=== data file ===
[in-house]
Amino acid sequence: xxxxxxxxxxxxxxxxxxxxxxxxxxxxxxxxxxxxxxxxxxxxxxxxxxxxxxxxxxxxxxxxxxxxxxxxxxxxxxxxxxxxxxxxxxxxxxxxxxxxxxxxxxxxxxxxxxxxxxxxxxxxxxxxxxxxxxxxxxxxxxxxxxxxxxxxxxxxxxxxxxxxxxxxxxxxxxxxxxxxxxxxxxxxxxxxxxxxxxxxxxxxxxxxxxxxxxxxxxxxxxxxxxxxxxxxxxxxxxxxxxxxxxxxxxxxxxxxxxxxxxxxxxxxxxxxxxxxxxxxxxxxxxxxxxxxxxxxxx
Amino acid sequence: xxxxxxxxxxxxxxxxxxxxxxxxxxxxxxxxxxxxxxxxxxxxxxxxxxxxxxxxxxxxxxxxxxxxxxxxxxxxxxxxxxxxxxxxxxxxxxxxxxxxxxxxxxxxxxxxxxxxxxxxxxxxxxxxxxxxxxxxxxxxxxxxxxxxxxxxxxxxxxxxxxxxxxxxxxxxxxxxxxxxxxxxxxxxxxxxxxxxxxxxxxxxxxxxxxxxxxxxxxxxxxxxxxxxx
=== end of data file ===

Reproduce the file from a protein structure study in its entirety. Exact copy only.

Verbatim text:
[in-house]
Amino acid sequence: xxxxxxxxxxxxxxxxxxxxxxxxxxxxxxxxxxxxxxxxxxxxxxxxxxxxxxxxxxxxxxxxxxxxxxxxxxxxxxxxxxxxxxxxxxxxxxxxxxxxxxxxxxxxxxxxxxxxxxxxxxxxxxxxxxxxxxxxxxxxxxxxxxxxxxxxxxxxxxxxxxxxxxxxxxxxxxxxxxxxxxxxxxxxxxxxxxxxxxxxxxxxxxxxxxxxxxxxxxxxxxxxxxxxxxxxxxxxxxxxxxxxxxxxxxxxxxxxxxxxxxxxxxxxxxxxxxxxxxxxxxxxxxxxxxxxxxxxxx
Amino acid sequence: xxxxxxxxxxxxxxxxxxxxxxxxxxxxxxxxxxxxxxxxxxxxxxxxxxxxxxxxxxxxxxxxxxxxxxxxxxxxxxxxxxxxxxxxxxxxxxxxxxxxxxxxxxxxxxxxxxxxxxxxxxxxxxxxxxxxxxxxxxxxxxxxxxxxxxxxxxxxxxxxxxxxxxxxxxxxxxxxxxxxxxxxxxxxxxxxxxxxxxxxxxxxxxxxxxxxxxxxxxxxxxxxxxxxx